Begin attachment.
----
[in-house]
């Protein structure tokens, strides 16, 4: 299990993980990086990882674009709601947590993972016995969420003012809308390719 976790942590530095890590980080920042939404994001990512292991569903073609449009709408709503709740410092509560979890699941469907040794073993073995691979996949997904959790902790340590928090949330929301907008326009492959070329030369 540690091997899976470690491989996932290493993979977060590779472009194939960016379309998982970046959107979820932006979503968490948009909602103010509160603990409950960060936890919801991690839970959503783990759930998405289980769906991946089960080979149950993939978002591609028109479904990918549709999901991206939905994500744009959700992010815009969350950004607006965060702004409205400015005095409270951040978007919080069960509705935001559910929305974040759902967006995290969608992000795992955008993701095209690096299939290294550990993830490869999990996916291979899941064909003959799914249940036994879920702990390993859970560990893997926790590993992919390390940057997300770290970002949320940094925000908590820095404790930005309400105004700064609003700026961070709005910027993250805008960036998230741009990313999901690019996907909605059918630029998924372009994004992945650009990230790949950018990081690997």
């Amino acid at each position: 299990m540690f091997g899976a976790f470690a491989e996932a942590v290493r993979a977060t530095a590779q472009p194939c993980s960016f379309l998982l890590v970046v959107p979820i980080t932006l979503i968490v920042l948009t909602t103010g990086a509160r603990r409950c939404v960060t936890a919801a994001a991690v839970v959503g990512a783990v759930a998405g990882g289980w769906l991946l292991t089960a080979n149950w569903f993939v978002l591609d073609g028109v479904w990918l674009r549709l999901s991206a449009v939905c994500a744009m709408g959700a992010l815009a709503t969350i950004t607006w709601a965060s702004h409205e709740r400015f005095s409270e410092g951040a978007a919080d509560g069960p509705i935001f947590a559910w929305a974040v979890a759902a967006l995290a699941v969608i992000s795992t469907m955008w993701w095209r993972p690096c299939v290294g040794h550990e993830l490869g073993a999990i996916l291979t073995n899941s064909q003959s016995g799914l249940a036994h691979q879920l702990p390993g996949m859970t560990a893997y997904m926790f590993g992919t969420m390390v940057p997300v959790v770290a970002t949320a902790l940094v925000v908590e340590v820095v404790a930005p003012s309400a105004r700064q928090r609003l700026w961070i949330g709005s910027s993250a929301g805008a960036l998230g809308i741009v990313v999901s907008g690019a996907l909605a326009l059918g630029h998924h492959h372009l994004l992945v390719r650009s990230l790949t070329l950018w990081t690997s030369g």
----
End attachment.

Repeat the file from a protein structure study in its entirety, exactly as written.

[in-house]
């Protein structure tokens, strides 16, 4: 299990993980990086990882674009709601947590993972016995969420003012809308390719 976790942590530095890590980080920042939404994001990512292991569903073609449009709408709503709740410092509560979890699941469907040794073993073995691979996949997904959790902790340590928090949330929301907008326009492959070329030369 540690091997899976470690491989996932290493993979977060590779472009194939960016379309998982970046959107979820932006979503968490948009909602103010509160603990409950960060936890919801991690839970959503783990759930998405289980769906991946089960080979149950993939978002591609028109479904990918549709999901991206939905994500744009959700992010815009969350950004607006965060702004409205400015005095409270951040978007919080069960509705935001559910929305974040759902967006995290969608992000795992955008993701095209690096299939290294550990993830490869999990996916291979899941064909003959799914249940036994879920702990390993859970560990893997926790590993992919390390940057997300770290970002949320940094925000908590820095404790930005309400105004700064609003700026961070709005910027993250805008960036998230741009990313999901690019996907909605059918630029998924372009994004992945650009990230790949950018990081690997």
């Amino acid at each position: 299990m540690f091997g899976a976790f470690a491989e996932a942590v290493r993979a977060t530095a590779q472009p194939c993980s960016f379309l998982l890590v970046v959107p979820i980080t932006l979503i968490v920042l948009t909602t103010g990086a509160r603990r409950c939404v960060t936890a919801a994001a991690v839970v959503g990512a783990v759930a998405g990882g289980w769906l991946l292991t089960a080979n149950w569903f993939v978002l591609d073609g028109v479904w990918l674009r549709l999901s991206a449009v939905c994500a744009m709408g959700a992010l815009a709503t969350i950004t607006w709601a965060s702004h409205e709740r400015f005095s409270e410092g951040a978007a919080d509560g069960p509705i935001f947590a559910w929305a974040v979890a759902a967006l995290a699941v969608i992000s795992t469907m955008w993701w095209r993972p690096c299939v290294g040794h550990e993830l490869g073993a999990i996916l291979t073995n899941s064909q003959s016995g799914l249940a036994h691979q879920l702990p390993g996949m859970t560990a893997y997904m926790f590993g992919t969420m390390v940057p997300v959790v770290a970002t949320a902790l940094v925000v908590e340590v820095v404790a930005p003012s309400a105004r700064q928090r609003l700026w961070i949330g709005s910027s993250a929301g805008a960036l998230g809308i741009v990313v999901s907008g690019a996907l909605a326009l059918g630029h998924h492959h372009l994004l992945v390719r650009s990230l790949t070329l950018w990081t690997s030369g």